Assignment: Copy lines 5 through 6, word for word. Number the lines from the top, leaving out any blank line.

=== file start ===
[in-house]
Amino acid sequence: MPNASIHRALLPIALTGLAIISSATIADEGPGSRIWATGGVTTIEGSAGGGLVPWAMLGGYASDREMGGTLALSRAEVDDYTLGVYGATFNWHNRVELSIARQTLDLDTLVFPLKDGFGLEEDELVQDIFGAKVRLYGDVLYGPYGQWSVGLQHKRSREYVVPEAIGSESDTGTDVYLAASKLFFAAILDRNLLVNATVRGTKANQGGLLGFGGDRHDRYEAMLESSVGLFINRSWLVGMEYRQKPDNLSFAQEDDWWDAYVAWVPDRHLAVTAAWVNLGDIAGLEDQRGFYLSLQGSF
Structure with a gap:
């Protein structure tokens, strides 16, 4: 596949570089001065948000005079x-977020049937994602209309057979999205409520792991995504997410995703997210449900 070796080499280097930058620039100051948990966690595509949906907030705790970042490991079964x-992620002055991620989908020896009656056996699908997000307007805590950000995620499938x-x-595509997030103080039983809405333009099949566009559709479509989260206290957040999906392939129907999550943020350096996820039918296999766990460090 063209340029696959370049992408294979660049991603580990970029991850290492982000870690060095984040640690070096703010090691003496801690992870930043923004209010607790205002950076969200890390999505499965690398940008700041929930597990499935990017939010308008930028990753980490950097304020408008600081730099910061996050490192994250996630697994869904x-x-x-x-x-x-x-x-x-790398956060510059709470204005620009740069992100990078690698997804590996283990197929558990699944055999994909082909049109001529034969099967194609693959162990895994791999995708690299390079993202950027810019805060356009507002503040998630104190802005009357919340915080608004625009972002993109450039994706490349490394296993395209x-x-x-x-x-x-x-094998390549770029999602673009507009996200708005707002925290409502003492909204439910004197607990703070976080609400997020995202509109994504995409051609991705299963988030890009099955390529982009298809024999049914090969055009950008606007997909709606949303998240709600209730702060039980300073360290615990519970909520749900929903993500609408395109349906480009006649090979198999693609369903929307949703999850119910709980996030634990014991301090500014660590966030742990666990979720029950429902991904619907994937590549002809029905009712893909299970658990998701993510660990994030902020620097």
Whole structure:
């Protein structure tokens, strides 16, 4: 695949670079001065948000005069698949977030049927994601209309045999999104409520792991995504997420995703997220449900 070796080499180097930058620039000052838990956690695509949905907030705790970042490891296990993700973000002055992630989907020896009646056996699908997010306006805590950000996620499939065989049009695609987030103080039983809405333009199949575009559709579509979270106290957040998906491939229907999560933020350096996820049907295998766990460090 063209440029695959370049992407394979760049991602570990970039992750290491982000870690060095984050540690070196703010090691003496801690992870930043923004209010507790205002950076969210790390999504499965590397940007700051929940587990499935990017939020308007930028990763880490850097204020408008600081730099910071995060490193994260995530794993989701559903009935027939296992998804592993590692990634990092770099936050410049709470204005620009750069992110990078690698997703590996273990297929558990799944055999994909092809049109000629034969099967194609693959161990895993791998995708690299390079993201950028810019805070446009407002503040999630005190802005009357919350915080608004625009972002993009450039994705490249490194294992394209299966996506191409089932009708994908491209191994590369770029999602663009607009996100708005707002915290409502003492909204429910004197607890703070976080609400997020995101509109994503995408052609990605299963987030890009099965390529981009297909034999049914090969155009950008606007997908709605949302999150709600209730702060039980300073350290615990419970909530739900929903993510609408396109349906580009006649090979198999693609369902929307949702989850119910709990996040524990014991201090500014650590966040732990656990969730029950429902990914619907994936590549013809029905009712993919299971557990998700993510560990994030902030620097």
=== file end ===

Whole structure:
């Protein structure tokens, strides 16, 4: 695949670079001065948000005069698949977030049927994601209309045999999104409520792991995504997420995703997220449900 070796080499180097930058620039000052838990956690695509949905907030705790970042490891296990993700973000002055992630989907020896009646056996699908997010306006805590950000996620499939065989049009695609987030103080039983809405333009199949575009559709579509979270106290957040998906491939229907999560933020350096996820049907295998766990460090 063209440029695959370049992407394979760049991602570990970039992750290491982000870690060095984050540690070196703010090691003496801690992870930043923004209010507790205002950076969210790390999504499965590397940007700051929940587990499935990017939020308007930028990763880490850097204020408008600081730099910071995060490193994260995530794993989701559903009935027939296992998804592993590692990634990092770099936050410049709470204005620009750069992110990078690698997703590996273990297929558990799944055999994909092809049109000629034969099967194609693959161990895993791998995708690299390079993201950028810019805070446009407002503040999630005190802005009357919350915080608004625009972002993009450039994705490249490194294992394209299966996506191409089932009708994908491209191994590369770029999602663009607009996100708005707002915290409502003492909204429910004197607890703070976080609400997020995101509109994503995408052609990605299963987030890009099965390529981009297909034999049914090969155009950008606007997908709605949302999150709600209730702060039980300073350290615990419970909530739900929903993510609408396109349906580009006649090979198999693609369902929307949702989850119910709990996040524990014991201090500014650590966040732990656990969730029950429902990914619907994936590549013809029905009712993919299971557990998700993510560990994030902030620097």